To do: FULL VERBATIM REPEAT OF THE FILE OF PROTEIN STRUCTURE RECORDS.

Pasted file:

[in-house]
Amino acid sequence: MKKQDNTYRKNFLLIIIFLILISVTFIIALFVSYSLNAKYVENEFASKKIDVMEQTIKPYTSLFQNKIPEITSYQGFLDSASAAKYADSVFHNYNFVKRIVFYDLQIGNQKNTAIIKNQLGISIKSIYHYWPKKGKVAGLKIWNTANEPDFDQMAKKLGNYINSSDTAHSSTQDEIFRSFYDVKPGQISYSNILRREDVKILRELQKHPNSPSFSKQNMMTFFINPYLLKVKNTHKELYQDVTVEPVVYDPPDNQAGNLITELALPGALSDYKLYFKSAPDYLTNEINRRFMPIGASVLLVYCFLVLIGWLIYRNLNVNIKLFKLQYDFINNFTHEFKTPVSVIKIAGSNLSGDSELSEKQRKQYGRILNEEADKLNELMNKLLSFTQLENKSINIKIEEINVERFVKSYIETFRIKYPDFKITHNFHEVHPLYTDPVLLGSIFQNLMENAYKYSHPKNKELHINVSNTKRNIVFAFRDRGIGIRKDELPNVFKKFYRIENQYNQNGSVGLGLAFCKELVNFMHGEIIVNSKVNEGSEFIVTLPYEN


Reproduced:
[in-house]
Amino acid sequence: MKKQDNTYRKNFLLIIIFLILISVTFIIALFVSYSLNAKYVENEFASKKIDVMEQTIKPYTSLFQNKIPEITSYQGFLDSASAAKYADSVFHNYNFVKRIVFYDLQIGNQKNTAIIKNQLGISIKSIYHYWPKKGKVAGLKIWNTANEPDFDQMAKKLGNYINSSDTAHSSTQDEIFRSFYDVKPGQISYSNILRREDVKILRELQKHPNSPSFSKQNMMTFFINPYLLKVKNTHKELYQDVTVEPVVYDPPDNQAGNLITELALPGALSDYKLYFKSAPDYLTNEINRRFMPIGASVLLVYCFLVLIGWLIYRNLNVNIKLFKLQYDFINNFTHEFKTPVSVIKIAGSNLSGDSELSEKQRKQYGRILNEEADKLNELMNKLLSFTQLENKSINIKIEEINVERFVKSYIETFRIKYPDFKITHNFHEVHPLYTDPVLLGSIFQNLMENAYKYSHPKNKELHINVSNTKRNIVFAFRDRGIGIRKDELPNVFKKFYRIENQYNQNGSVGLGLAFCKELVNFMHGEIIVNSKVNEGSEFIVTLPYEN